In the 19th century Seville gained a reputation for its architecture and culture and was a stop along the Romantic "Grand Tour" of Europe. Seville has built on its tourism industry since, playing host to the International Exposition in 1992, which spurred the construction of a new airport, a new train station, a bullet train link to Madrid, new bridges and improvements to the main boulevards. Tourist facilities are top-notch and the city is buzzing with festivals, color and a thriving nightlife scene.


Sevilla Card

Visitors to Seville should consider purchasing a Sevilla Card, designed to aid city exploration and conserve precious travel funds. The card includes free admission to most Seville museums and monuments, unlimited use of public transportation (TUSSAM Buslines, NB: only for Cards with Public Transport), a guided visit of the Real Alcazar of Seville, unlimited use of sightseeing buses, boat rides on the Guadalquivir River and admission to the Isla Mágica Theme Park. The card also allows access to significant discounts in shops, restaurants, shows and leisure centres for adults and children. The Sevilla card is accompanied by a guide and city map. However, please note that Sevilla Card cannot be used for trams and buses.

The Sevilla card comes in three denominations of 1, 2 or 3 days’ duration in blocks of 24 hours from the time of first activation when inserted into the electronic validation terminal of the suppliers associated with the Sevilla Card Programme (be careful not to activate too soon).

Prices: 1 day €50 (with transport €53), 2 days €60 (with transport €66), 3 days €65 (with transport €72). The 2 and 3 day options attract a discount of €3 per card when purchased on the website.

The Sevilla Card can be purchased by the following means: Online; by telephone +34 91 600 21 21 / 902 088 908; and, once in Seville, at tourism offices, the airport, the train station, travel agencies and through national and international tour operators (check the website for addresses).

A less expensive version, the Sevilla card Cultura is valid only for museums. (1 day €28, 2 days €32, 3 days €36). - 5% if purchased online.

If you are simply interested in using the local buses [www], you can get either pay the €1.40 single fare price or you can purchase a bonobus, a 10 trip travel card. Bonobuses are found at most kiosks and tabacarias (tobacco shops). Regular times are kept until around 11:30PM, after which night buses run, with different routes, on the hour until 2AM.

History

Seville is approximately 2,200 years old. The passage of the various civilisations instrumental in its growth has left the city with a distinct personality, and a large and well-preserved historical centre.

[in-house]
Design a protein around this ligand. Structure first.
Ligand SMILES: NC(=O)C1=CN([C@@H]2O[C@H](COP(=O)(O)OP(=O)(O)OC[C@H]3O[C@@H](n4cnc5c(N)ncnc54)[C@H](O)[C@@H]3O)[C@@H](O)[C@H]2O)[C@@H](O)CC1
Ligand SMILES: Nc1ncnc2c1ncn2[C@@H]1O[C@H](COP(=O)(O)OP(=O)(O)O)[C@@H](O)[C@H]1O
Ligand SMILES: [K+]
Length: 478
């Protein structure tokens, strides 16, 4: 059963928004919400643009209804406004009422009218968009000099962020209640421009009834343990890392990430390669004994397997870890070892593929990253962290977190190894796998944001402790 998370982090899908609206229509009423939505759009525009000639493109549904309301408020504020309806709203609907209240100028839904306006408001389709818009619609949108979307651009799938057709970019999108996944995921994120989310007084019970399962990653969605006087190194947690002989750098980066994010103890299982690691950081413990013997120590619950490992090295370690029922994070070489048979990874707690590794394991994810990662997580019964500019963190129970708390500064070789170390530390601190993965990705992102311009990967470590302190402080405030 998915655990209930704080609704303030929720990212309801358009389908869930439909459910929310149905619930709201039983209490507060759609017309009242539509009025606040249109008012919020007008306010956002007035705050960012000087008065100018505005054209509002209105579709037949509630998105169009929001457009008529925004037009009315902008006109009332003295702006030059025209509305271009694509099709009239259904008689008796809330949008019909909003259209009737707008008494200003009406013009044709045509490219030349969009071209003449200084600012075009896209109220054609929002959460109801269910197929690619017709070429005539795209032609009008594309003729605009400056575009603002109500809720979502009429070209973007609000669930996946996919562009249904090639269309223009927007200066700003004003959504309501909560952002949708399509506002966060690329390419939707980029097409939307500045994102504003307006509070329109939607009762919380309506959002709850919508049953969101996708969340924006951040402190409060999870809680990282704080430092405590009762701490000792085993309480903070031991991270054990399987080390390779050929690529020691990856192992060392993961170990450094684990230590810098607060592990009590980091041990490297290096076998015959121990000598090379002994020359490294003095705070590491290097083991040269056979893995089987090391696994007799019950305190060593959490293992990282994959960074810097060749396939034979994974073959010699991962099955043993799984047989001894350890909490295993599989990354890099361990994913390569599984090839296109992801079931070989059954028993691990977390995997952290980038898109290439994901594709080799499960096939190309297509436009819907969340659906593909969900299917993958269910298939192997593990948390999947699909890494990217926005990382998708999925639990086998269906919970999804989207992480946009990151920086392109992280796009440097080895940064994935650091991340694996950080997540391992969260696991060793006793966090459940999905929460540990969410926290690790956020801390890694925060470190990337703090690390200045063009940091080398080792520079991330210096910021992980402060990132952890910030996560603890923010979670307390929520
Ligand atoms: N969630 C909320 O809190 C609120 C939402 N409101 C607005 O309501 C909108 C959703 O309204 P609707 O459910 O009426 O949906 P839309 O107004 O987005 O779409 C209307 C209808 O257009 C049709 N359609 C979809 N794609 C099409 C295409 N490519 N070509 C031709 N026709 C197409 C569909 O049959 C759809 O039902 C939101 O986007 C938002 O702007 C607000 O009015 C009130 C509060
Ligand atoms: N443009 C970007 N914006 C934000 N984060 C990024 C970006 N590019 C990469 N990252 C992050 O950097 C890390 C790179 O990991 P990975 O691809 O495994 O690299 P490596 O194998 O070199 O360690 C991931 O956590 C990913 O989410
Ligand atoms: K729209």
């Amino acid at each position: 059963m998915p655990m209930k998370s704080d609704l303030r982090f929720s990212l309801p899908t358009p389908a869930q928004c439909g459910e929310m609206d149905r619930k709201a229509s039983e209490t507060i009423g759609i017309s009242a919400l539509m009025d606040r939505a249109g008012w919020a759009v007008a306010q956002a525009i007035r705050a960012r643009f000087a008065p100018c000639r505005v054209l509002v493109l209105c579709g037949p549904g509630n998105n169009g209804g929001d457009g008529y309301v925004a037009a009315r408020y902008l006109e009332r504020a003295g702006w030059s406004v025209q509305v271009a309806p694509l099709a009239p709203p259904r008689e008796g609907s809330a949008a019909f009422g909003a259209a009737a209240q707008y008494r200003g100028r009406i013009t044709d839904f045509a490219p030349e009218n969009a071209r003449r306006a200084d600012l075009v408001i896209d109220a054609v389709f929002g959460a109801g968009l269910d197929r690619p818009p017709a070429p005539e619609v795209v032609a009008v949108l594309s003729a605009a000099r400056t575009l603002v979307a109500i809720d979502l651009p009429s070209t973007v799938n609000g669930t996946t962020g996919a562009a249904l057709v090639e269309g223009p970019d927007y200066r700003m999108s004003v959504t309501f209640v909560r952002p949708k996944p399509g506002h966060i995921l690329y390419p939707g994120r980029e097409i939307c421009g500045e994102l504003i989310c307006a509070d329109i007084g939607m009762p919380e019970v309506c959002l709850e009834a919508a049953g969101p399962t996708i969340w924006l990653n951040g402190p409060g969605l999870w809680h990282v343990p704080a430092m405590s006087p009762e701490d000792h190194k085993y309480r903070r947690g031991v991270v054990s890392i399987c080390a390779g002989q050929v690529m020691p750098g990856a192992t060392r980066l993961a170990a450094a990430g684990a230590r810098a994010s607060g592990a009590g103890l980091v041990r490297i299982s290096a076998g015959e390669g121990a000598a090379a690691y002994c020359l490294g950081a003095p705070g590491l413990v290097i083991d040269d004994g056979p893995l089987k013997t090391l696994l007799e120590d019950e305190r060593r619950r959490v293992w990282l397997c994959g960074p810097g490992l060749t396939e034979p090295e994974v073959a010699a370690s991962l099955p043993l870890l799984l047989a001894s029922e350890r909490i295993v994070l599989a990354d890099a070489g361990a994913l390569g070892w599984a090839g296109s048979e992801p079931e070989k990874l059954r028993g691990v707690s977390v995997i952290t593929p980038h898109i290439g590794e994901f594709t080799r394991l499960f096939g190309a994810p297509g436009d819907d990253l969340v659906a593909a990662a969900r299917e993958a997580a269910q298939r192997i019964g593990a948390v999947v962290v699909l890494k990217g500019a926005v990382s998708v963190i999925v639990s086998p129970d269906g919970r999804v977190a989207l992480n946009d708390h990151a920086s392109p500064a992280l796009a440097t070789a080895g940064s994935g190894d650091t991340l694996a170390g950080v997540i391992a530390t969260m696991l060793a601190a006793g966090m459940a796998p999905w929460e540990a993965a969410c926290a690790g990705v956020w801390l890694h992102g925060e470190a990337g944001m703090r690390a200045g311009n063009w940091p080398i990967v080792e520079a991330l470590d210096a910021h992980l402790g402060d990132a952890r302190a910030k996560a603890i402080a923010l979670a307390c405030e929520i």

Early periods

The mythological founder of the city is Hercules (Heracles), commonly identified with the Phoenician god Melqart, who the myth says sailed through the Strait of Gibraltar to the Atlantic, and founded trading posts at the current sites of Cádiz and of Seville.

The city was known from Roman times as Hispalis. Important archaeological remains also exist in the nearby towns of Santiponce(Italica) and Carmona.

Existing Roman features in Seville include the remnants of an aqueduct, a temple in MármolesStreet, the columns of La Alameda de Hércules, the remains exposed in situ in the underground Antiquarium of the Metropol Parasol building and the remains in the Patio de Banderas square near of the Seville Cathedral. The walls surrounding the city were originally built during the rule of Julius Caesar, but their current course and design were the result of Moorish reconstructions.

Following Roman rule, there were successive conquests of the Roman province of Hispania Baetica by the Vandals, the Suebi and the Visigoths during the 5th and 6th centuries.


Moorish era

Seville was taken by the Moors, Muslims from North of Africa, during the conquest of Hispalis in 712. It was the capital for the kings of the Umayyad Caliphate, the Almoravid dynasty first and after the Almohad dynasty (from Arabic الموحدون‎ al-Muwahhidun, i.e., "the monotheists" or "the Unitarians"), from the 8th to 13th centuries.

The Moorish urban influences continued and are present in contemporary Seville, for instance in the custom of decorating with herbaje and small fountains the courtyards of the houses. However, most buildings of the Moorish aesthetic actually belong to the Mudéjar style of Islamic art, developed under Christian rule and inspired by the Arabic style. Original Moorish buildings are the Patio del Yeso in the Alcázar, the city walls, and the main section of the Giralda, bell tower of the Seville Cathedral.